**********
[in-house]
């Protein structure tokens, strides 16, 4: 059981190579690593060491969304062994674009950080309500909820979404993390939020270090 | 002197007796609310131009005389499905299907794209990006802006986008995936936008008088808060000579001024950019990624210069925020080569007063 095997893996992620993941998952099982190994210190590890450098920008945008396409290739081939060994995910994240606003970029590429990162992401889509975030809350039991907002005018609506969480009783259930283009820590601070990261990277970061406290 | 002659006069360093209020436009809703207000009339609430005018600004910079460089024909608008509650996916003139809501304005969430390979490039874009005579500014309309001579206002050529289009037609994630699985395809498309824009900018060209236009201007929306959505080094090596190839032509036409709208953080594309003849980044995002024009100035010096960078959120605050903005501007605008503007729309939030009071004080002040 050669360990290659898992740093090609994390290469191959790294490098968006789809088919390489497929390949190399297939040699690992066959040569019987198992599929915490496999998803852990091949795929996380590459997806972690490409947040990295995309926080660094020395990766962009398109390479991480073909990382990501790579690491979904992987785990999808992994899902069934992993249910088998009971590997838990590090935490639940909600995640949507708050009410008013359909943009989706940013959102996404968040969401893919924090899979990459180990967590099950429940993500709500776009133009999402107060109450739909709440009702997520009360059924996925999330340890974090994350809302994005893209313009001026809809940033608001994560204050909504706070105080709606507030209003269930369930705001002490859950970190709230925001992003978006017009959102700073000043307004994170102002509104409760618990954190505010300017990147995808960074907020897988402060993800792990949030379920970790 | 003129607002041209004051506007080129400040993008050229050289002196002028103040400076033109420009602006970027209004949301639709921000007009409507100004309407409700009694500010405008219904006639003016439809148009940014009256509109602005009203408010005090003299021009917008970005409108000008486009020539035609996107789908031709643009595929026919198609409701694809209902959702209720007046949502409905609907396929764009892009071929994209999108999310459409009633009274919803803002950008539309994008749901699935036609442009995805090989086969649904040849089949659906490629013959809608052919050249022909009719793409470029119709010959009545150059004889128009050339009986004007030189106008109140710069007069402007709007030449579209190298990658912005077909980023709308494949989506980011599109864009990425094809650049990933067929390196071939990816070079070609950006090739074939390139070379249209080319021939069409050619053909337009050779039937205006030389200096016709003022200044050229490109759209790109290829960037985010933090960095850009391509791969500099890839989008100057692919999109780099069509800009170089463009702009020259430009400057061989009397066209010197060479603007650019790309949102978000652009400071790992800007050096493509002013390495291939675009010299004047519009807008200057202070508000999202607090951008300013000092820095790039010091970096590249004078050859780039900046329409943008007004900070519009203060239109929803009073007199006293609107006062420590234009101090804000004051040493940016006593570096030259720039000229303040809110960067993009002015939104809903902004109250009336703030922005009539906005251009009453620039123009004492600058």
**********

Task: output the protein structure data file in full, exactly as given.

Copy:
[in-house]
């Protein structure tokens, strides 16, 4: 059981190579690593060491969304062994674009950080309500909820979404993390939020270090 | 002197007796609310131009005389499905299907794209990006802006986008995936936008008088808060000579001024950019990624210069925020080569007063 095997893996992620993941998952099982190994210190590890450098920008945008396409290739081939060994995910994240606003970029590429990162992401889509975030809350039991907002005018609506969480009783259930283009820590601070990261990277970061406290 | 002659006069360093209020436009809703207000009339609430005018600004910079460089024909608008509650996916003139809501304005969430390979490039874009005579500014309309001579206002050529289009037609994630699985395809498309824009900018060209236009201007929306959505080094090596190839032509036409709208953080594309003849980044995002024009100035010096960078959120605050903005501007605008503007729309939030009071004080002040 050669360990290659898992740093090609994390290469191959790294490098968006789809088919390489497929390949190399297939040699690992066959040569019987198992599929915490496999998803852990091949795929996380590459997806972690490409947040990295995309926080660094020395990766962009398109390479991480073909990382990501790579690491979904992987785990999808992994899902069934992993249910088998009971590997838990590090935490639940909600995640949507708050009410008013359909943009989706940013959102996404968040969401893919924090899979990459180990967590099950429940993500709500776009133009999402107060109450739909709440009702997520009360059924996925999330340890974090994350809302994005893209313009001026809809940033608001994560204050909504706070105080709606507030209003269930369930705001002490859950970190709230925001992003978006017009959102700073000043307004994170102002509104409760618990954190505010300017990147995808960074907020897988402060993800792990949030379920970790 | 003129607002041209004051506007080129400040993008050229050289002196002028103040400076033109420009602006970027209004949301639709921000007009409507100004309407409700009694500010405008219904006639003016439809148009940014009256509109602005009203408010005090003299021009917008970005409108000008486009020539035609996107789908031709643009595929026919198609409701694809209902959702209720007046949502409905609907396929764009892009071929994209999108999310459409009633009274919803803002950008539309994008749901699935036609442009995805090989086969649904040849089949659906490629013959809608052919050249022909009719793409470029119709010959009545150059004889128009050339009986004007030189106008109140710069007069402007709007030449579209190298990658912005077909980023709308494949989506980011599109864009990425094809650049990933067929390196071939990816070079070609950006090739074939390139070379249209080319021939069409050619053909337009050779039937205006030389200096016709003022200044050229490109759209790109290829960037985010933090960095850009391509791969500099890839989008100057692919999109780099069509800009170089463009702009020259430009400057061989009397066209010197060479603007650019790309949102978000652009400071790992800007050096493509002013390495291939675009010299004047519009807008200057202070508000999202607090951008300013000092820095790039010091970096590249004078050859780039900046329409943008007004900070519009203060239109929803009073007199006293609107006062420590234009101090804000004051040493940016006593570096030259720039000229303040809110960067993009002015939104809903902004109250009336703030922005009539906005251009009453620039123009004492600058």